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# 11.3 Composition of Functions

11.26   Definition (.) Let be sets and let be functions. The composition of and is the function defined by:

i.e., is the set of all points such that is defined. The rule for is

11.27   Example. If and , then

and

Thus

So in this case . Thus composition is not a commutative operation.

If and , then

and

11.28   Exercise. For each of the functions below, find functions and such that . Then find a formula for .
a)
.
b)
.
c)
.

11.29   Exercise. A Let

Calculate formulas for , , , , , and .

11.30   Entertainment (Composition problem.) From the previous exercise you should be able to find a subset of , and a function such that for all . You should also be able to find a subset of and a function such that for all . Can you find a subset of , and a function such that for all ? One obvious example is the function from the previous example. To make the problem more interesting, also add the condition that for some in .

11.31   Theorem (Chain rule.) Let be real valued functions such that
and . Suppose and , and is differentiable at and is differentiable at . Then is differentiable at , and

Before we prove the theorem we will give a few examples of how it is used:

11.32   Example. Let . Then where

Hence

Let . Then where

Hence

Usually I will not write out all of the details of a calculation like this. I will just write:

Let . Then .

Proof of chain rule: Suppose is differentiable at and is differentiable at . Then

 (11.33)

Since is differentiable at , we know that

Hence the theorem will follow from (11.33), the definition of derivative, and the product rule for limits of functions, if we can show that

Since is differentiable at , it follows from lemma 11.17 that
 (11.34)

Let be a generic sequence in , such that . Then by (11.34), we have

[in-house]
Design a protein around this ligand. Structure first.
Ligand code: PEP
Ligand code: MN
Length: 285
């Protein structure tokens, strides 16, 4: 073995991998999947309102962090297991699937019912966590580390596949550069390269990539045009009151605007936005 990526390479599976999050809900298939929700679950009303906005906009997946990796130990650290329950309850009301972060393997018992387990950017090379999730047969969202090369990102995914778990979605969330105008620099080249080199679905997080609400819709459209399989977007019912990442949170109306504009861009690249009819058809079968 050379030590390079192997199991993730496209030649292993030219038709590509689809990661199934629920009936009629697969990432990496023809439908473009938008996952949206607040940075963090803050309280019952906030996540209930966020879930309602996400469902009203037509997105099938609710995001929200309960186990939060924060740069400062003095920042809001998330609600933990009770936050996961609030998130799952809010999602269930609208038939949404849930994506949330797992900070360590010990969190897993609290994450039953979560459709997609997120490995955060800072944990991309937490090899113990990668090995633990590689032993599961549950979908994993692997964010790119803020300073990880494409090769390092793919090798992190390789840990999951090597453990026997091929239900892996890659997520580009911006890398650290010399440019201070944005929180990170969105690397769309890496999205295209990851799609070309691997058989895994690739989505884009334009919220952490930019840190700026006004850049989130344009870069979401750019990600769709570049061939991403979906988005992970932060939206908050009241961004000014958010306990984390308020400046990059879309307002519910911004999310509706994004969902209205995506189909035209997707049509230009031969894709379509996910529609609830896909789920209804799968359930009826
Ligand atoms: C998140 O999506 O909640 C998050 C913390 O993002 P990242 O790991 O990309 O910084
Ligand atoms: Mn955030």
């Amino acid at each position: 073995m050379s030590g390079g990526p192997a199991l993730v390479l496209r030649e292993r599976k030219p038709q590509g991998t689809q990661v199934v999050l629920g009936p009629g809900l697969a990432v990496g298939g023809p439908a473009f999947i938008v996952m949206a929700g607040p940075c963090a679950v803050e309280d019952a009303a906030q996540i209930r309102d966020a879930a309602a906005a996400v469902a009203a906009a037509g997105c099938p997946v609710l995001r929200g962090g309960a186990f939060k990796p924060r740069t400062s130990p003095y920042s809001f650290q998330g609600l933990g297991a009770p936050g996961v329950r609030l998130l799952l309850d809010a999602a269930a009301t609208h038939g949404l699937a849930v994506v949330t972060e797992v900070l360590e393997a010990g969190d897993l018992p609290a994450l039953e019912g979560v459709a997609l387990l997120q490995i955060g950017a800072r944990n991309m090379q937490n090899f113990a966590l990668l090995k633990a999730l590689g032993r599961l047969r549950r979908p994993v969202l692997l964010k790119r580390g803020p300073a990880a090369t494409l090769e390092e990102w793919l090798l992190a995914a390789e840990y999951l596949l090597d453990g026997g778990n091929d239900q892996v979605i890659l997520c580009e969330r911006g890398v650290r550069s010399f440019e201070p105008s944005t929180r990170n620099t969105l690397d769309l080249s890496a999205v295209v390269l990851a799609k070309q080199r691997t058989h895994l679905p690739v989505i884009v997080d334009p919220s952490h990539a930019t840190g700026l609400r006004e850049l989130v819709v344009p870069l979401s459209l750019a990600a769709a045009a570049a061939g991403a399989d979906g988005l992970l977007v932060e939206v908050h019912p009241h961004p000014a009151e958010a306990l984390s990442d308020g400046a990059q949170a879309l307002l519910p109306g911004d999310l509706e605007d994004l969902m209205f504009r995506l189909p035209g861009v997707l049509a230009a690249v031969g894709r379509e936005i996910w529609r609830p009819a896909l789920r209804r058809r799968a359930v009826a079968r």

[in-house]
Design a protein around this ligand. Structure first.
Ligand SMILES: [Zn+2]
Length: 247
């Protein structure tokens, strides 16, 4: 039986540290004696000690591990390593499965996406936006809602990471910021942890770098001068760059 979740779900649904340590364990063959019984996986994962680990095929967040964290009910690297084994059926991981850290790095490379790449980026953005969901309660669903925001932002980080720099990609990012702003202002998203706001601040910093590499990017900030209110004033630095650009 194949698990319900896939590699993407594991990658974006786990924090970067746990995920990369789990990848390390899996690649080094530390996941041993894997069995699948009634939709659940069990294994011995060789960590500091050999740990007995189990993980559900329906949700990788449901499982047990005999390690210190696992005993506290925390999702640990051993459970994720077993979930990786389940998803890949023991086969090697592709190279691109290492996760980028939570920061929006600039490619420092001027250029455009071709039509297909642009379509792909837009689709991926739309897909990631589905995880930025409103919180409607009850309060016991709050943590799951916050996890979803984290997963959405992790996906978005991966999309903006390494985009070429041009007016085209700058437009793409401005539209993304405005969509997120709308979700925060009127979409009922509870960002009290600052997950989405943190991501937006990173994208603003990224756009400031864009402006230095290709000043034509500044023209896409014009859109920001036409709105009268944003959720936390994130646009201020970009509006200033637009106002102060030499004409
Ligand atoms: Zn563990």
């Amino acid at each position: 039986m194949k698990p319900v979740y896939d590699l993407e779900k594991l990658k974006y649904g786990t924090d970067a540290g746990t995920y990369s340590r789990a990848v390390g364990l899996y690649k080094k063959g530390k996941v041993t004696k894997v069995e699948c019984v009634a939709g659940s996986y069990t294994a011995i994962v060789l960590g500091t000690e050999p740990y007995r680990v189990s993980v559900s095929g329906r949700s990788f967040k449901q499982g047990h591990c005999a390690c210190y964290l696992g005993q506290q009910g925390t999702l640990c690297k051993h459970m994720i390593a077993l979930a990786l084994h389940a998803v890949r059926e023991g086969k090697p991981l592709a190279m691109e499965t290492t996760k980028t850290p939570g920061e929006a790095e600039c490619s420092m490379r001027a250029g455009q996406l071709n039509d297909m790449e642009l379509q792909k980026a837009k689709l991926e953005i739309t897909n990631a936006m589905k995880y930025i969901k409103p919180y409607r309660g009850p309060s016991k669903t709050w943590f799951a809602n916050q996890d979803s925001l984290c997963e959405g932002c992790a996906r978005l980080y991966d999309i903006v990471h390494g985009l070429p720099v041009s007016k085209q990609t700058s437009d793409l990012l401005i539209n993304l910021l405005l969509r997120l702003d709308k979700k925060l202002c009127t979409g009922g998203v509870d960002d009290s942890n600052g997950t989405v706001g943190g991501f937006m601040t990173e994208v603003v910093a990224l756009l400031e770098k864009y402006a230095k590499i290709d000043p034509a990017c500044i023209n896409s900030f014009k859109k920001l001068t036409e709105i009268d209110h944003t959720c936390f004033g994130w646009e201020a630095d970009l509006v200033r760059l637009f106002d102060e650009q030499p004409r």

(11.35)

Since is differentiable at , we have

From this and (11.35) it follows that

Since this holds for a generic sequence in , we have

which is what we wanted to prove. To complete the proof, I should show that is an interior point of . This turns out to be rather tricky, so I will omit the proof.

Remark: Our proof of the chain rule is not valid in all cases, but it is valid in all cases where you are likely to use it. The proof fails in the case where every interval contains a point for which . (You should check the proof to see where this assumption was made.) Constant functions satisfy this condition, but if is constant then is also constant so the chain rule holds trivially in this case. Since the proof in the general case is more technical than illuminating, I am going to omit it. Can you find a non-constant function for which the proof fails?

11.36   Example. If is differentiable at , and , then

Also

i.e.,
 (11.37)

I will use this relation frequently.

11.38   Example (Logarithmic differentiation.) Let
 (11.39)

The derivative of can be found by using the quotient rule and the product rule and the chain rule. I will use a trick here which is frequently useful. I have

Now differentiate both sides of this equation using (11.37) to get

Multiply both sides of the equation by to get

This formula is not valid at points where , because we took logarithms in the calculation. Thus is differentiable at , but our formula for is not defined when .

The process of calculating by first taking the logarithm of the absolute value of and then differentiating the result, is called logarithmic differentiation.

11.40   Exercise. A Let be the function defined in (11.39) Show that is differentiable at , and calculate .

11.41   Exercise. Find derivatives for the functions below. (Assume here that is a function that is differentiable at all points being considered.)

a)
.
b)
.
c)
, where is a rational number.
d)
.
e)
.
f)
.
g)
.
h)
.
i)
.
j)
.

11.42   Exercise. Find derivatives for the functions below. (Assume here that is a function that is differentiable at all points being considered.)
a)
.
b)
.
c)
, where is a rational number.
d)
.
e)
.
f)
.
g)
.
h)
.
i)
.
j)
.

11.43   Exercise. A Calculate the derivatives of the following functions. Simplify your answers.
a)
.
b)
.
c)
.
d)
.
e)
.
f)
.
g)
.
h)
.
i)
.
j)
.
k)
.
l)
.

Next: 12. Extreme Values of Up: 11. Calculation of Derivatives Previous: 11.2 Some General Differentiation   Index
Ray Mayer 2007-09-07